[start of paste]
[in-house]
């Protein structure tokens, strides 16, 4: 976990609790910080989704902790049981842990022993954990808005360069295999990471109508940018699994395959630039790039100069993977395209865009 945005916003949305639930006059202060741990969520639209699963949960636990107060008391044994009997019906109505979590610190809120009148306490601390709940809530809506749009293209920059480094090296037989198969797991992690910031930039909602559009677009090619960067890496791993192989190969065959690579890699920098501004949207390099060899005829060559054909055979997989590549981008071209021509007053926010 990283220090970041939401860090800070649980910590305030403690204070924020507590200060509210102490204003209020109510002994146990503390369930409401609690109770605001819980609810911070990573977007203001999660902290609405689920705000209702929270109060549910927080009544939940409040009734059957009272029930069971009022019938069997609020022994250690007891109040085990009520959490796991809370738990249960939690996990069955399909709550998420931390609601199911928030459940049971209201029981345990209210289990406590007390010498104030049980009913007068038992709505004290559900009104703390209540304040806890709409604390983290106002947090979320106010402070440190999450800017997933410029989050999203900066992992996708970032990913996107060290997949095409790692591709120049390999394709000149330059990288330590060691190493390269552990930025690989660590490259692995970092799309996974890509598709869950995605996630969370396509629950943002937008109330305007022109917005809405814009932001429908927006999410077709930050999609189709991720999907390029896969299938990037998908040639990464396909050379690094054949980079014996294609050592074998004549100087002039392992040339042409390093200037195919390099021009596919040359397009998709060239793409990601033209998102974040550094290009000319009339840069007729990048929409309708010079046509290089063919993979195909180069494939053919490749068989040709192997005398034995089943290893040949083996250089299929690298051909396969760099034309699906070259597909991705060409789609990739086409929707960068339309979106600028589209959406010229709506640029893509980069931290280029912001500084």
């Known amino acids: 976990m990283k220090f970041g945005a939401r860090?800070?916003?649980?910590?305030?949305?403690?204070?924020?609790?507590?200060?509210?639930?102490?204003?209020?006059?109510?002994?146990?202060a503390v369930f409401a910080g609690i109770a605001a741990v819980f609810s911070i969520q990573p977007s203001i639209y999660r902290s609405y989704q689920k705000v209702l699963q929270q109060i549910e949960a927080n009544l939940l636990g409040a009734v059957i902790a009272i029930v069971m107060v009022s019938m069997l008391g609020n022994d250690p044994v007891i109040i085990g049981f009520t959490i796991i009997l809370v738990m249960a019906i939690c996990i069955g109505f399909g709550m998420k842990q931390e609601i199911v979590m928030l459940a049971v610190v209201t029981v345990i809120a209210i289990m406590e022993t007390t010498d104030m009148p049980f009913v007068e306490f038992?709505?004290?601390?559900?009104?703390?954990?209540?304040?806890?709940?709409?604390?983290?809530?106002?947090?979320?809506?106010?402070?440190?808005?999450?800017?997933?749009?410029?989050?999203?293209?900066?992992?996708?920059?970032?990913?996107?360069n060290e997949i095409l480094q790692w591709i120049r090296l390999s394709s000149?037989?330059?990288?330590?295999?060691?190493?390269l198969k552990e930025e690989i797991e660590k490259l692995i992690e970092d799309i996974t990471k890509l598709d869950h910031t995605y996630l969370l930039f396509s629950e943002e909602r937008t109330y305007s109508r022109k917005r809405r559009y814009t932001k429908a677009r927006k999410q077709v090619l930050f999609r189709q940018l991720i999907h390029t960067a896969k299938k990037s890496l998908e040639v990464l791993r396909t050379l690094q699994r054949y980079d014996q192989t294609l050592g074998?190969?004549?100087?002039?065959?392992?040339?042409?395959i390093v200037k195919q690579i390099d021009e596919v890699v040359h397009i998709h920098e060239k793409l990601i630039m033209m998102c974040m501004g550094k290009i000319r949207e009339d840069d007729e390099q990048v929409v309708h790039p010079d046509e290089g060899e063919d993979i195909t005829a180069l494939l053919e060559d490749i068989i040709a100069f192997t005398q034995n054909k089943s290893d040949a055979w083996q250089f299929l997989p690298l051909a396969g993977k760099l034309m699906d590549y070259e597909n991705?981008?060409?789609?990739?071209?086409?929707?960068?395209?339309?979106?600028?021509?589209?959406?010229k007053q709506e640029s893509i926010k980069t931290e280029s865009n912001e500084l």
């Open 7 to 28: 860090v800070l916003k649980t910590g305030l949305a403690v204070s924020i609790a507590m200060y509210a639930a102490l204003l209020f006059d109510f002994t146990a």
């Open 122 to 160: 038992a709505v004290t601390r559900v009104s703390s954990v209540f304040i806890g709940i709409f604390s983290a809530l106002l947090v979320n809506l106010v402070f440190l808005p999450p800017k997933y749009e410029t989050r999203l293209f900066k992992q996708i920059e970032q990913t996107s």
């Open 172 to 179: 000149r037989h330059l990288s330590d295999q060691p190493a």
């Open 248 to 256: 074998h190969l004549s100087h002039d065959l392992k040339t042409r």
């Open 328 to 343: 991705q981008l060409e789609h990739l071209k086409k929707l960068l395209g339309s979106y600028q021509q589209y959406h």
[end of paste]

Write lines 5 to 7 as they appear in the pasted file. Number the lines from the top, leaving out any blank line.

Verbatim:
């Open 122 to 160: 038992a709505v004290t601390r559900v009104s703390s954990v209540f304040i806890g709940i709409f604390s983290a809530l106002l947090v979320n809506l106010v402070f440190l808005p999450p800017k997933y749009e410029t989050r999203l293209f900066k992992q996708i920059e970032q990913t996107s």
């Open 172 to 179: 000149r037989h330059l990288s330590d295999q060691p190493a």
């Open 248 to 256: 074998h190969l004549s100087h002039d065959l392992k040339t042409r």